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Transfusion Technique Offers New Hope

Garrett Larue and his little brother Blayke are two regular California kids. But their short lives weren't always so carefree.

"Looking back, there were some really hard times and hard decisions to make," says their mother, Theresa Larue.

For their mom, "the hard times" began when her 13-month-old son, Layne, suddenly died. That's when the family learned he and two of his brothers had a fatal genetic disorder that left them unable to fight even common infections.

"I just pray for healing and I pray for strength," said their mother 4 years ago on 48 Hours when the family tried an experimental and risky procedure--a cord blood transplant.

In the procedure blood is harvested from the umbilical cord of a newborn and then matched to a recipient, in this case in order to build a new immune system.

Blayke went through it first, and an infection nearly killed him. Then it was Garrett's turn. Only time would tell if the transplants would work.

"We are quite sure that they have an adequate immune system now," says Dr. Richard Stiehm of the UCLA Matell Children's Hospital. "And they are cured."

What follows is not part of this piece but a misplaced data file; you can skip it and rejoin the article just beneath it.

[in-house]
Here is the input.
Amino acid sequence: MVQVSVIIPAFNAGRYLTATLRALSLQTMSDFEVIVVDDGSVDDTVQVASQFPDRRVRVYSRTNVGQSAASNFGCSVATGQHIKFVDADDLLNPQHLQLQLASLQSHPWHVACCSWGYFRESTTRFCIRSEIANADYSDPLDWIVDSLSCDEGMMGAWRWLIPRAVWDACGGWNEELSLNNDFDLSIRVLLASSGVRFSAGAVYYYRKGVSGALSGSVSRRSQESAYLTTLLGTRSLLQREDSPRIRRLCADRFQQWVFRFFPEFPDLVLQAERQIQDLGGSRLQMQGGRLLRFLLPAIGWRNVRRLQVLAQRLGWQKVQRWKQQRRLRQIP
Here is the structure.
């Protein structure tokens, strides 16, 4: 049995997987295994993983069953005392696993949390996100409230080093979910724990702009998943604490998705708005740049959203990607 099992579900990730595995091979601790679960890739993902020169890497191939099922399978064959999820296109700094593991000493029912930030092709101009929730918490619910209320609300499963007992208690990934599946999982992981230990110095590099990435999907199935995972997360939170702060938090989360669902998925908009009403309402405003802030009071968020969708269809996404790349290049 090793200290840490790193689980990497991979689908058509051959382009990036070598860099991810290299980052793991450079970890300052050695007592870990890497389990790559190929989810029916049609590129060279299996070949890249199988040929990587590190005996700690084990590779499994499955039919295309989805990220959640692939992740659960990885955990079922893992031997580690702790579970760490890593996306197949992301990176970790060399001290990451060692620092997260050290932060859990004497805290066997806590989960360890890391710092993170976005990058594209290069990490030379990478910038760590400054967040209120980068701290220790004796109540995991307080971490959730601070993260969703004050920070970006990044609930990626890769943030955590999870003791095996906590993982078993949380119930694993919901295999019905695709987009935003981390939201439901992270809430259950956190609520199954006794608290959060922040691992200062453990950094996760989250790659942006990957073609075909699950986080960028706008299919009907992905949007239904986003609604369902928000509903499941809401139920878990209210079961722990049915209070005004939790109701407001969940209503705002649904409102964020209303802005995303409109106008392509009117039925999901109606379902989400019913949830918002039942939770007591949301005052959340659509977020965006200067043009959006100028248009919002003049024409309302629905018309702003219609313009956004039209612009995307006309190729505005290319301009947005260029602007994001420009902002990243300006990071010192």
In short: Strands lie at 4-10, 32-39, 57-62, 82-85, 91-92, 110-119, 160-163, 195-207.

Cord blood transplants are giving hope to patients fighting sickle cell anemia, immune system disorders, leukemia, and other cancers, and parents are now being encouraged to donate unused cord blood or to bank it in case their children need it in the future..

You can look at this as the ultimate in recycling. Here's something that is just thrown away," says Dr. John Fraser of the Umbilical Cord Blood Bank. "We can recycle it and make it into new life for another child or even an adult."

Theresa Larue says, "We probably won't ever get a chance to thank the parents. I don't know that they realize what a gift they gave us."

It's a gift doctors hope will soon be given to even more families facing once-deadly diseases.

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